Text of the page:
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I am looking to implement log tracking at my current company. After some research it seems Nagios and Splunk are the two best options. I was wondering if there is a consensus with which is better.

I understand that Splunk can be quite pricey if the non-free version is used. That being said I can imagine the answer to my question will be "If you have the money use Splunk, if not use Nagios"

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2 Answers 2

up vote 11 down vote accepted

These are two different things so it's not an either or situation.

Splunk is to centralize and analyze your logs. It is capable of generating alerts so I can see how this functionality can be confused with Nagios. But Nagios is an infrastructure and services monitoring and alerting solution. It can monitor things that don't necessarily have logs like cpu usage, number of processes, even check for ssl certificates about to expire. Logs may not tell you that apache has stopped responding to http requests where Nagios can.

So in most situations you'll want to have something that does each of these jobs. For log correlation and analysis there aren't a lot of open source options but Octopussy looks pretty good. For infrastructure monitoring, alerts, and escalations there are a number of solutions out there. Both commercial and free/opensource.

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Does that mean these two can/should be used in concert? –  dan_vitch Apr 20 '10 at 21:36
    
At the end of the day it depends on what you're trying to accomplish. Both are good to have in any environment and both become more important as the environment gets larger and more complex. Also just to throw this out there there's a third type of tool for dealing with RRD graphs which are used for trending. Nagios is starting to do more of this natively and through plugins but the best known tool for this in the open source world is Cacti. –  3dinfluence Apr 20 '10 at 21:55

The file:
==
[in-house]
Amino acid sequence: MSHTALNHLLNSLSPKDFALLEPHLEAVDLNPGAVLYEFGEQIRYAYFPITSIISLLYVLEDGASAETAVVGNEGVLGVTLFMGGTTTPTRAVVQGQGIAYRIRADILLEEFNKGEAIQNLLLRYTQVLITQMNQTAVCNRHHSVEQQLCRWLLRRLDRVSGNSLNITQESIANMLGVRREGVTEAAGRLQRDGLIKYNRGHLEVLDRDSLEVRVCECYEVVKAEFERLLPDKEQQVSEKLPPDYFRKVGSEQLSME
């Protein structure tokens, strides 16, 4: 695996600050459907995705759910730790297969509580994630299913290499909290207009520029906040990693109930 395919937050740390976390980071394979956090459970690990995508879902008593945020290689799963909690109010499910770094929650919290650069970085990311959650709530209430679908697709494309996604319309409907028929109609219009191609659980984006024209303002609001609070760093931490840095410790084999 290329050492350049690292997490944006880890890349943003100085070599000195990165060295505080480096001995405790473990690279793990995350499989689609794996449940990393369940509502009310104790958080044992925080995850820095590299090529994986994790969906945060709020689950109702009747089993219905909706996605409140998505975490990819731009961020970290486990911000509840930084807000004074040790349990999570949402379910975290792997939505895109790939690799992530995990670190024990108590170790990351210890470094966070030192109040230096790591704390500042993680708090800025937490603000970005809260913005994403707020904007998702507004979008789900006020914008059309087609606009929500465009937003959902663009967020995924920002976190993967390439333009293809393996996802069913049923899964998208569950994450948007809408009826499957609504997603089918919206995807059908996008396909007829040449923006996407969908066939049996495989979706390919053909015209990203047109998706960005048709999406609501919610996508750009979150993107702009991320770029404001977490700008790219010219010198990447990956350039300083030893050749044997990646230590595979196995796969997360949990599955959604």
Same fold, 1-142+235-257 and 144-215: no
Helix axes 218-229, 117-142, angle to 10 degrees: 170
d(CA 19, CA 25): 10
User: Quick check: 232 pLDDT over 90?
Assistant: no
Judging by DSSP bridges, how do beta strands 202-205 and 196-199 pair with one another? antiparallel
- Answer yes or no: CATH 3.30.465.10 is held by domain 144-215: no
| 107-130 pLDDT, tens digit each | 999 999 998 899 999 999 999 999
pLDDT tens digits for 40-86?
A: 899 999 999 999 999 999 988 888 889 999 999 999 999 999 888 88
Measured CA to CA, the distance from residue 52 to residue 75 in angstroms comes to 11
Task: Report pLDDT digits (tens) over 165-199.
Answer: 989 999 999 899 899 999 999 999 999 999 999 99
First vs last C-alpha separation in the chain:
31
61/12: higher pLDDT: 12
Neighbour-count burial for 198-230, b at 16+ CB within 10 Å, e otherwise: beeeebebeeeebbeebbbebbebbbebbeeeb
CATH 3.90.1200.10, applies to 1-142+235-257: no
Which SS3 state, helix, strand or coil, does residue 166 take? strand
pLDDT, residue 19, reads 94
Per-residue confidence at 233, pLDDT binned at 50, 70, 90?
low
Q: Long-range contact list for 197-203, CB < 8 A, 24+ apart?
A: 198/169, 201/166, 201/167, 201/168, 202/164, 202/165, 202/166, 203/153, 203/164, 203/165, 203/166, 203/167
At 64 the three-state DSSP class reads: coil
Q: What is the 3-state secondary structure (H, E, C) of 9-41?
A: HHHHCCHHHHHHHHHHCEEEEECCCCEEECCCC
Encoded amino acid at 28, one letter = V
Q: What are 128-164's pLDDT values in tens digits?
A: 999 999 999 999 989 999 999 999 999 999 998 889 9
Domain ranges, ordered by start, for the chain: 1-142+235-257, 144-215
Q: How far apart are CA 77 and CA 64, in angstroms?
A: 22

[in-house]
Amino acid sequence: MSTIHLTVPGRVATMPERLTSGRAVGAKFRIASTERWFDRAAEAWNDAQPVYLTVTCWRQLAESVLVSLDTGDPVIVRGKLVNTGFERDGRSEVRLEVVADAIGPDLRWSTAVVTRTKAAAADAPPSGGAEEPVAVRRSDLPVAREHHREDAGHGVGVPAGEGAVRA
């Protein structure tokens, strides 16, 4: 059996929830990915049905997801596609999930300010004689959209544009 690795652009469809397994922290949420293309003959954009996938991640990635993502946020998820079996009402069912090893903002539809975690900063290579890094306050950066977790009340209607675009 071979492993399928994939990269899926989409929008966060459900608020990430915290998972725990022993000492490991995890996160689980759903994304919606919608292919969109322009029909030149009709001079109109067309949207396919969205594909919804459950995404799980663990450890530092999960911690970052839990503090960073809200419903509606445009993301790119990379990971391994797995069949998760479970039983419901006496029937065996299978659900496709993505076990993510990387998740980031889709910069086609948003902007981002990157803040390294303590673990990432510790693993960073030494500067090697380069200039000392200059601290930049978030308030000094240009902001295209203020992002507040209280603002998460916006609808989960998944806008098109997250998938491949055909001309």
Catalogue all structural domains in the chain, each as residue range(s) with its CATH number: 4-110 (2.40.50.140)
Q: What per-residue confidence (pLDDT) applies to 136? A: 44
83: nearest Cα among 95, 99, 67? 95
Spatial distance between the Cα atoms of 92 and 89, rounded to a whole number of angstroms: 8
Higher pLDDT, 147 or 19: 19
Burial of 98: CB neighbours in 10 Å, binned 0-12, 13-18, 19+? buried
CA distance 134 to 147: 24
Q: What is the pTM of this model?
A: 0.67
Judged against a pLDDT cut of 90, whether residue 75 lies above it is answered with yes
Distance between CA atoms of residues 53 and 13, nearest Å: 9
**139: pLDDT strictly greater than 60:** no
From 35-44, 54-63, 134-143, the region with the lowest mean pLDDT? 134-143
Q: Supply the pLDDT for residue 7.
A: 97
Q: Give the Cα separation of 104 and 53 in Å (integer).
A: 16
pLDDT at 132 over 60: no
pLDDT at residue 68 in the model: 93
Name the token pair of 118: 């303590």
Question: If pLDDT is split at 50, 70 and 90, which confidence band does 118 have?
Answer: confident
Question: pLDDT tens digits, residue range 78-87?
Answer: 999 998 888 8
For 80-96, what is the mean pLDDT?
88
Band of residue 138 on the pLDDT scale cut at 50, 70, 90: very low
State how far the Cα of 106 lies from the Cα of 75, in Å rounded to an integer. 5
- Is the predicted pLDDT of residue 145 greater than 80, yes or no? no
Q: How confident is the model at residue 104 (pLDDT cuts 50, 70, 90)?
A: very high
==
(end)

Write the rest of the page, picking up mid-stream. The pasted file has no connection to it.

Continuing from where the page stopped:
Thanks for the assistance –  dan_vitch Apr 20 '10 at 22:24
    
You really should be using two tools - Nagios for SNMP and LogZilla for the syslog solution which is about 1/10 of the cost of Splunk. Also, +1 for Cacti - awesome tool! –  Clayton Dukes Sep 4 '12 at 15:05
    
@dan_vitch the two can indeed be using in concert; I currently use both nagios and splunk; nagios to monitor services and availability, etc, and splunk to graph contents of logs (eg number of users picking up licenses for certain software packages from network license servers over time, etc). I also use cacti, which I'd recommend too - but only on my personal kit! –  BE77Y Dec 17 at 16:45

Nagios and Splunk are two completely different products. Nagios is more networking monitoring while Splunk is more of a log console and a place to correlate events from multiple sources (including Nagios). We use Nagios for monitoring and the free version of Splunk to consolidate syslog messages from all servers,network devices, and IPS equipment to one central location

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